• * See if i can get it to mount a little deeper into the dash
Thankfully, there is a lot of open space inside the Titan's dash, because there is a crap-ton of wiring harness that has to be stuffed back in there. I can certainly understand why many would pay to have this job done professionally. I'm just too cheap, stubborn and impatient to wait for an appointment (even though I can get it done for damn near free, lol!) I'l have my Installer double check my work when he gets back from his vacation.

Sound:
  • It sounds okay right now. My right dash speaker is blown right now, so it'll sound better in a few days when I receive the replacement and get it mounted.
  • I Viunhooked the front center speaker based on advice I read on this forum. I might plug it back in, though. When using the bluetooth for phone calls, most of the sound is directed to that speaker, so right now phone calls are barely audible. That impression may change when I replace the blown dash speaker, so we'll have to wait and see.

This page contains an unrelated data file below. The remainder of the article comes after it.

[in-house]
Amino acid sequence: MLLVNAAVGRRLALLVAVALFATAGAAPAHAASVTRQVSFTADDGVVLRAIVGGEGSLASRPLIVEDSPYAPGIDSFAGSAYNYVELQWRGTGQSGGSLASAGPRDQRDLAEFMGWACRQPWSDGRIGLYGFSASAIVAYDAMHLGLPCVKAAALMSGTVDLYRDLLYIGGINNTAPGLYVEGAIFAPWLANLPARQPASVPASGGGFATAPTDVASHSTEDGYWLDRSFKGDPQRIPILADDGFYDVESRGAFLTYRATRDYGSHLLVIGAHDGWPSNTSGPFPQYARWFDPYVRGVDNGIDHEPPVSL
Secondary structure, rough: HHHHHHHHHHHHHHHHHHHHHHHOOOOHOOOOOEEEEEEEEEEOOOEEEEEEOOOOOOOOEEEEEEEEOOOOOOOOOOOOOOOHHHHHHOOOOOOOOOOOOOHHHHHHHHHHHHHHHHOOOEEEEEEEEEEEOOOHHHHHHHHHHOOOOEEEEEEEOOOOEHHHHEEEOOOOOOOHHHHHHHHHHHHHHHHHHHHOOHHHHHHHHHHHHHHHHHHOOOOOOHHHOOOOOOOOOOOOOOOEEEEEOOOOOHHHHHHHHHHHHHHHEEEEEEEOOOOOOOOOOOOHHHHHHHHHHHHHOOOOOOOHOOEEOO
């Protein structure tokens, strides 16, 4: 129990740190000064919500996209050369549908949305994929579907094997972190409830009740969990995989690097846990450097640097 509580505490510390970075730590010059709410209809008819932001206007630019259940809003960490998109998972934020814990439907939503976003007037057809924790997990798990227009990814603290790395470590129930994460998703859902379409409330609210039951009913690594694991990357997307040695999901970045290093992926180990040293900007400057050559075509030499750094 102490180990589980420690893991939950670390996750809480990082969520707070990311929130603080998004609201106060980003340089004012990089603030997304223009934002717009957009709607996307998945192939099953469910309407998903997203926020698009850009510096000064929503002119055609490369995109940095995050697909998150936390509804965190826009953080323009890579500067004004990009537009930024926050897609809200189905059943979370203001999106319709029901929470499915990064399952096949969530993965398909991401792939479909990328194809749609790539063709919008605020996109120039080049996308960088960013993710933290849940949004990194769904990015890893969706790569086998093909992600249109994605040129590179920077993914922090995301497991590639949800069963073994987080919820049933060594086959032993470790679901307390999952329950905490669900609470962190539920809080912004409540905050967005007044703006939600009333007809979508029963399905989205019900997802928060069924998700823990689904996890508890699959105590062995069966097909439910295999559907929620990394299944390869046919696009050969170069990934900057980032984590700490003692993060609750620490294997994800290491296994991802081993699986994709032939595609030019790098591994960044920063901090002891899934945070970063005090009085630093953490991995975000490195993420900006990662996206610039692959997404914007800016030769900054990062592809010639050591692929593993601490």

• This head unit has a DSP built in that allows an amazing amount of sound customizing. I'll play with it a bit after I get all the speakers installed.
  • I haven't verified 100%, but I think the RF subwoofer isn't working now. That kind of makes sense, since there are outputs on the stereo for Front R/L, Rear R/L and Subwoofer, but there was no place on the Metra wiring harness adapter to hook up the subwoofer. Oh well, the RF subwoofer sucks anyway. I have a Kicker Hideaway HS8 that I bought for another project and never used. It can't be any worse than the RF sub and it would be very easy to hook up in the same location.
Visuals:
  • The display is gorgeous! Light years ahead of the old display. (Plus it's not all scratched up, lol!) 10.1 inches of screen is a major improvement.